More than 1,500 New Yorkers gathered today in Manhattan to mourn the death of a 32 year-old gay man, who was shot down on Friday just blocks away from the historic Stonewall Inn in an apparent act of anti-gay bias.
GLAAD Features Stories of Spirit Day Participants -- Part 1
GLAAD is collecting the pictures, stories, and experiences of people around the world detailing how they celebrated Spirit Day on October 20th. We are truly touched by the responses we have received so far.
Many of our readers wrote special blog entries devoted to the day, including Elijah Bringas in the Phillipines and Megan in the UK, who is creating a collage of people in purple from the event. Paige Worthy from Chicago wrote a heartwarming entry about what the day means to her, saying “If all this bullying and cruelty in the world makes me sad, numbs me, I can’t…even begin to imagine how isolated and hopeless the kids living it every day must feel.”
Lynn in Illinois used her Johnny Weir fan blog to promote his T-shirts that raise money for the Trevor Project, and to feature his inspiring Spirit Day announcement, based on his recent 1,000th tweet. She also highlighted an empowering quote of his from a recent interview: “Suicide is never the answer. If you want to send a message, live. And live the way that you want to live. And let that be your statement to the world. You have to be strong. ... I’m the same as you. Let me live. Let me be special. Let me be unique. And I’ll let you.”
Carl Shepherd from Illinois used his Photo Effects software to help turn over 230 Facebook pictures purple, and created two online photo albums to feature them. “I wanted to remember everybody who was kind enough to participate,” he said. He continued, “It’s not enough to simply tell students that bullying is wrong. We must reach their parents, the people who influence them the most, with this message. … I believe the beginning of the end starts at home.”
Adults and youth alike used the day to state their support of LGBT people. Christopher Clevenger from Ohio shared with others an email he received from his mother, to show that “It Gets Better.” It reads: "When we first found out that you are gay we had so many questions and so many uncertainties. Along the way you have helped us to understand things better than we thought possible, and little by little we're growing … I wore my purple ribbon today and I want you to know, for all the strength you have shown and for the person you have become words cannot express how very proud I am of you.” Lexi from Florida wore purple when taking her kids to school, even though she couldn’t wear it at work. “I make sure to let me kids know that picking on other kids is wrong, and will not be tolerated,” she writes.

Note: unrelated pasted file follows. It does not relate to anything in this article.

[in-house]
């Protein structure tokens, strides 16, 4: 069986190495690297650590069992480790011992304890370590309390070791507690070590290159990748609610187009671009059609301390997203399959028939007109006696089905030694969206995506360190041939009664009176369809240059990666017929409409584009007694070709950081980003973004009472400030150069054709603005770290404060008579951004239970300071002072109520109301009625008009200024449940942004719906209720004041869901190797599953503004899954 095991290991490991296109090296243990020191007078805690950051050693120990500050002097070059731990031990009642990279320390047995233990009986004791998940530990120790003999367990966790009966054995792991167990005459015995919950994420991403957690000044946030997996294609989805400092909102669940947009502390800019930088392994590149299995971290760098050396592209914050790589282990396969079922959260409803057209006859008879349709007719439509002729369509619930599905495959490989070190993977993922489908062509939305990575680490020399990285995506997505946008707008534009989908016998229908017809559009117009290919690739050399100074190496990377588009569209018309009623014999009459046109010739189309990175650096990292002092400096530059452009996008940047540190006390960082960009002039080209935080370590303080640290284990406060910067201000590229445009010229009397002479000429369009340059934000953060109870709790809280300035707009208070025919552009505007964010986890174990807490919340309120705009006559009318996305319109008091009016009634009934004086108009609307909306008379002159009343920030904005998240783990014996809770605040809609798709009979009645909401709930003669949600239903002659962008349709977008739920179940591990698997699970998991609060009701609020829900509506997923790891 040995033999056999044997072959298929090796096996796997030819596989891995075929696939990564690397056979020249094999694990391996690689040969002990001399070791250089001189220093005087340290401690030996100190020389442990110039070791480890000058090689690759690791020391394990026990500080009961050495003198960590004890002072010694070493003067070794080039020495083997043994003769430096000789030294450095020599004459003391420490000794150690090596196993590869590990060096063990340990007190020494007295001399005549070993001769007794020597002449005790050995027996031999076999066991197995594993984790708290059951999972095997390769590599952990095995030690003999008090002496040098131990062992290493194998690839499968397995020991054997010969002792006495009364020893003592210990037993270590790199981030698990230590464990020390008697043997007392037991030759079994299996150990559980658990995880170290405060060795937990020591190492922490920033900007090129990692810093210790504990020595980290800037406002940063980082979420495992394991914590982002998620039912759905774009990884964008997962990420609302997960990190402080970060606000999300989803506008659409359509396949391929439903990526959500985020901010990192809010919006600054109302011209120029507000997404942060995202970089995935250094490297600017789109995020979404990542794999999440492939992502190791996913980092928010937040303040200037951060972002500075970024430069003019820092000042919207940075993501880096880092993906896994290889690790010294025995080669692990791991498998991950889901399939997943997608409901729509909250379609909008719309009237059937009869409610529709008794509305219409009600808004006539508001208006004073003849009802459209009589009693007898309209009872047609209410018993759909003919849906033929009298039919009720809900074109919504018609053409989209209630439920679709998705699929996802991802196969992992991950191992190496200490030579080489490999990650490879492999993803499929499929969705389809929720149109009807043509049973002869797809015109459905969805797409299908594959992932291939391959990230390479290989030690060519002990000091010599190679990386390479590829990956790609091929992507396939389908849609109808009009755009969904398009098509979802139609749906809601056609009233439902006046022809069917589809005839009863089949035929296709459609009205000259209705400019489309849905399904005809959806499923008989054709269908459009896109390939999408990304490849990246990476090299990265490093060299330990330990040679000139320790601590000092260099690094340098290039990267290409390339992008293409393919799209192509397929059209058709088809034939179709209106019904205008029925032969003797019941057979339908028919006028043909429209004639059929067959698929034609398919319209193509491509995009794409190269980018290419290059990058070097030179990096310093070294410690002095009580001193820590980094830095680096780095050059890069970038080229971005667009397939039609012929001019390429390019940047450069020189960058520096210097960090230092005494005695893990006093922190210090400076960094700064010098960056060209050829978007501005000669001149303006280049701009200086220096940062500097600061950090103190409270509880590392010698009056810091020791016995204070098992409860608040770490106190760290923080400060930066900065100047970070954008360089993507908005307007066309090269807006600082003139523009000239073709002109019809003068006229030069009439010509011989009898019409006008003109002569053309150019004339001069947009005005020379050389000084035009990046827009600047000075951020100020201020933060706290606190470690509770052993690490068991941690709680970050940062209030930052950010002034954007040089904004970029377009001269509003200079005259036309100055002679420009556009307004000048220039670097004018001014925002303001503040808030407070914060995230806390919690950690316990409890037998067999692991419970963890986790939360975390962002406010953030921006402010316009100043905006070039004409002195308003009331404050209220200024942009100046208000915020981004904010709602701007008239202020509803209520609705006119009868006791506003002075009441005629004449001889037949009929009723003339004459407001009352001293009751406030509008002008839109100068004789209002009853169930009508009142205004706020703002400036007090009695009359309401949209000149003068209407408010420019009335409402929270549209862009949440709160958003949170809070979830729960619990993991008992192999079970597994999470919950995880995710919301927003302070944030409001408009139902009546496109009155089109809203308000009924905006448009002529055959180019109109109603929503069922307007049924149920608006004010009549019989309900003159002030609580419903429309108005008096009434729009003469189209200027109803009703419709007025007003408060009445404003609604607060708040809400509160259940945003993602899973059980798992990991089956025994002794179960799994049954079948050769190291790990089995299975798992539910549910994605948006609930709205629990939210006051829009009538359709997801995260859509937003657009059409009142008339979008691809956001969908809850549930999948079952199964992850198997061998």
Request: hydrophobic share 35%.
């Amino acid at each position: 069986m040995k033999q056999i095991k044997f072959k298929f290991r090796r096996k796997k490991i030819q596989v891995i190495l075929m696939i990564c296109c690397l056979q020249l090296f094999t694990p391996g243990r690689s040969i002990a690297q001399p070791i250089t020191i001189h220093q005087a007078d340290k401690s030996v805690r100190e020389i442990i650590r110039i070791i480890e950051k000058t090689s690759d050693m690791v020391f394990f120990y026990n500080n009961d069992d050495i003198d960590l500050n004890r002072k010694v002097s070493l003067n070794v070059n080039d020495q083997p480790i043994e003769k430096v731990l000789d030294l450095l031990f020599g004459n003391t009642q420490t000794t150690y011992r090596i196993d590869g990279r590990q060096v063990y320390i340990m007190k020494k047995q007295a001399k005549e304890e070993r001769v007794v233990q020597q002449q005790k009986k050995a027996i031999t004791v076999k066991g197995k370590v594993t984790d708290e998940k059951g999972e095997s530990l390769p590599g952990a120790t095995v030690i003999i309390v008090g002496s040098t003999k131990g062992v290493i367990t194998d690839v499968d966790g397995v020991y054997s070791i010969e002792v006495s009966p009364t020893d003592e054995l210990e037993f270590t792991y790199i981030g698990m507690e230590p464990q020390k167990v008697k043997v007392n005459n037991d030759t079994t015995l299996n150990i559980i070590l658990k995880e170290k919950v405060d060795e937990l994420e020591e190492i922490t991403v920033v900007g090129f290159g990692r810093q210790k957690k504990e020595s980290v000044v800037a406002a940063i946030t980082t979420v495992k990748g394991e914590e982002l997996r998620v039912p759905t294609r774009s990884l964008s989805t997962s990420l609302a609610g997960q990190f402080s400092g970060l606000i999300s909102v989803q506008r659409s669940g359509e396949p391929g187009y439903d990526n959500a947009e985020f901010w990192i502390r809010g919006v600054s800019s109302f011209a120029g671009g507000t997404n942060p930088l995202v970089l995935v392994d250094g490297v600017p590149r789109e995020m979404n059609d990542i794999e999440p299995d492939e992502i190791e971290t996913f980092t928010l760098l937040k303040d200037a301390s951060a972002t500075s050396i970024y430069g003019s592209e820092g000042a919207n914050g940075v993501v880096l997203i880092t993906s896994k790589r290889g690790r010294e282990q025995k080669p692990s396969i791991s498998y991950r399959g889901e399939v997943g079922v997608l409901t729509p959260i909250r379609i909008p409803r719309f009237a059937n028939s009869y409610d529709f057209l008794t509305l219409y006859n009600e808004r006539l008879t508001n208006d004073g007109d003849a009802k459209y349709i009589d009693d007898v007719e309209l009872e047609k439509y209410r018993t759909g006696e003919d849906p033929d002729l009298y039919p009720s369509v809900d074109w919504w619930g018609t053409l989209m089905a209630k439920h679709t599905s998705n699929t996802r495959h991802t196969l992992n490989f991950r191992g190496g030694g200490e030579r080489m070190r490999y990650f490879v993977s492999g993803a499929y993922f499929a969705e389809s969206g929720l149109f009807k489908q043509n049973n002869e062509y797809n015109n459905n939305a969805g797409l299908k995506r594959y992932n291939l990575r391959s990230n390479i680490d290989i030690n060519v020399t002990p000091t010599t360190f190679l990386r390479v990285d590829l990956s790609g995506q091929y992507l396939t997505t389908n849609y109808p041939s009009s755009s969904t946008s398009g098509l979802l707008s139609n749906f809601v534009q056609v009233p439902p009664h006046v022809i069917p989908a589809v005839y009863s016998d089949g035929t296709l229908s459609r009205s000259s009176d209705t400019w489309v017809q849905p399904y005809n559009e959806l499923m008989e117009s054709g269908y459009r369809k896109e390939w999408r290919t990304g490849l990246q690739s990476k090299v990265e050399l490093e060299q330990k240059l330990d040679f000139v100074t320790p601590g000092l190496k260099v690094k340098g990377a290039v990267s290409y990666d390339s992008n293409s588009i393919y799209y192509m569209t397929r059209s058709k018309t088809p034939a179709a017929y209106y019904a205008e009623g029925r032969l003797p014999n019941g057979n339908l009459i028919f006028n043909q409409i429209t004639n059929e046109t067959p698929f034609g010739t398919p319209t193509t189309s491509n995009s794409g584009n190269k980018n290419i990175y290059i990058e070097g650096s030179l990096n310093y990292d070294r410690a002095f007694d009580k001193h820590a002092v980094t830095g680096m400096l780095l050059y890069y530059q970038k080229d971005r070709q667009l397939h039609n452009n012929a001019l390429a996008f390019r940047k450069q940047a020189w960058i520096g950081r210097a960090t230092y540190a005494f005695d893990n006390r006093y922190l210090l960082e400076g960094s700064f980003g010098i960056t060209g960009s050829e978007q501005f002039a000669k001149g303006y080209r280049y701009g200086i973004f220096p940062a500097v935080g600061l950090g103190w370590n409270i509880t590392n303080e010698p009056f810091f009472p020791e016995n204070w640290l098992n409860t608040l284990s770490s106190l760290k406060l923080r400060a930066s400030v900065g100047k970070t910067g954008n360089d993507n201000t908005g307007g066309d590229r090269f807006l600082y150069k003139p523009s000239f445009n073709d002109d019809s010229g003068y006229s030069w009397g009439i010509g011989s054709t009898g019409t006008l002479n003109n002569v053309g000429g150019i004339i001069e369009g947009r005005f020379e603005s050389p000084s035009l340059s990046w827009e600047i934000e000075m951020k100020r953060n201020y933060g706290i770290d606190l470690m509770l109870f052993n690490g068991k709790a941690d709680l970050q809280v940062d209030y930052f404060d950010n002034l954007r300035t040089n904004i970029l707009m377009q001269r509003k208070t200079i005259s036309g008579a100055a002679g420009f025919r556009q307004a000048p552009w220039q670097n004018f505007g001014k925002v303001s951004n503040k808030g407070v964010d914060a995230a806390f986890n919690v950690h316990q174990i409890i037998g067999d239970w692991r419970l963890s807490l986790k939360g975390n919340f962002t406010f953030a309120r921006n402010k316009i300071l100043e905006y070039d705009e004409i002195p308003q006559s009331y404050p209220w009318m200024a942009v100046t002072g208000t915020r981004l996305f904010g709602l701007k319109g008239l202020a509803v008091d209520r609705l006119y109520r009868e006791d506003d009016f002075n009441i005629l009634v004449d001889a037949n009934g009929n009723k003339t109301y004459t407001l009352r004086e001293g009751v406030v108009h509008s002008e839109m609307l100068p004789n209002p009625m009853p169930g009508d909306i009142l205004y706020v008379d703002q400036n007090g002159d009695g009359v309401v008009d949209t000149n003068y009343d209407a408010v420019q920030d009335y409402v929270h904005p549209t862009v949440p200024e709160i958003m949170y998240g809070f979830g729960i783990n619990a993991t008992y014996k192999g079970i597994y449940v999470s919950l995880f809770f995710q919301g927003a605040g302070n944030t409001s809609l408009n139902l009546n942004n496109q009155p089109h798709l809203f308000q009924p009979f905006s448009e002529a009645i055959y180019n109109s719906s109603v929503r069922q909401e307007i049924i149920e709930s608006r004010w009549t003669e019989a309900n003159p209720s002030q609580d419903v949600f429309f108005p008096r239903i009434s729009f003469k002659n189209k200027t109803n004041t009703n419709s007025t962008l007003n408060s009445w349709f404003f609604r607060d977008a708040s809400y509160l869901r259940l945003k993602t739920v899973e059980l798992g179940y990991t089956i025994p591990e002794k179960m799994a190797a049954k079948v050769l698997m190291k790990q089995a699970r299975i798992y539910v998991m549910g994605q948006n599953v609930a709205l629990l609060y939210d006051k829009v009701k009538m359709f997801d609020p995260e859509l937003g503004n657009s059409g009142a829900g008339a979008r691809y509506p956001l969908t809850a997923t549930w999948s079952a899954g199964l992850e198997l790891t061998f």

Scott de Buitléir spoke about Spirit Day on his radio show for the LGBT community in Ireland. “I got messages from my listeners in Ireland, Britain, and the U.S. about what they wore for Spirit Day, and they all seemed delighted to be involved!”
Even people in anti-LGBT environments did what they could to participate. Stephanie in Washington was motivated to speak out against a man at her job harassing her for being a lesbian. “On Spirit Day and with the support of friends behind me I … did call him out by name and then proceeded to tell all those who were listening what has been going on recently with all the suicides … I can go to work without fear again.” The incident was dealt with, and began a new dialogue in her workplace.
Hannah in Texas, who is surrounded by close family and friends who are anti-LGBT, took small steps to support equality. “In my heart, I knew what was needed and right, and that everyone … deserves to be treated with dignity and respect.” She wore purple scrubs to her job at the hospital that day.
And it’s true that the smallest actions can make a difference. Jason from Illinois reminisced about the difficulties of being young and gay, but said, “I know it will get better if we keep pushing forward. … I remember when I was in school I always felt hopeful if I happened to go by a car with a rainbow sticker or the blue and yellow HRC equal sign.” His advice for LGBT youth is to stay strong and use their voice. “Your voice can inspire those around you who may never show it, and your presence can change the minds of those who hate and discriminate, simply by living your life.”
GLAAD thanks everyone who sent us these inspiring stories, and will continue to amplify the voices of the LGBT community.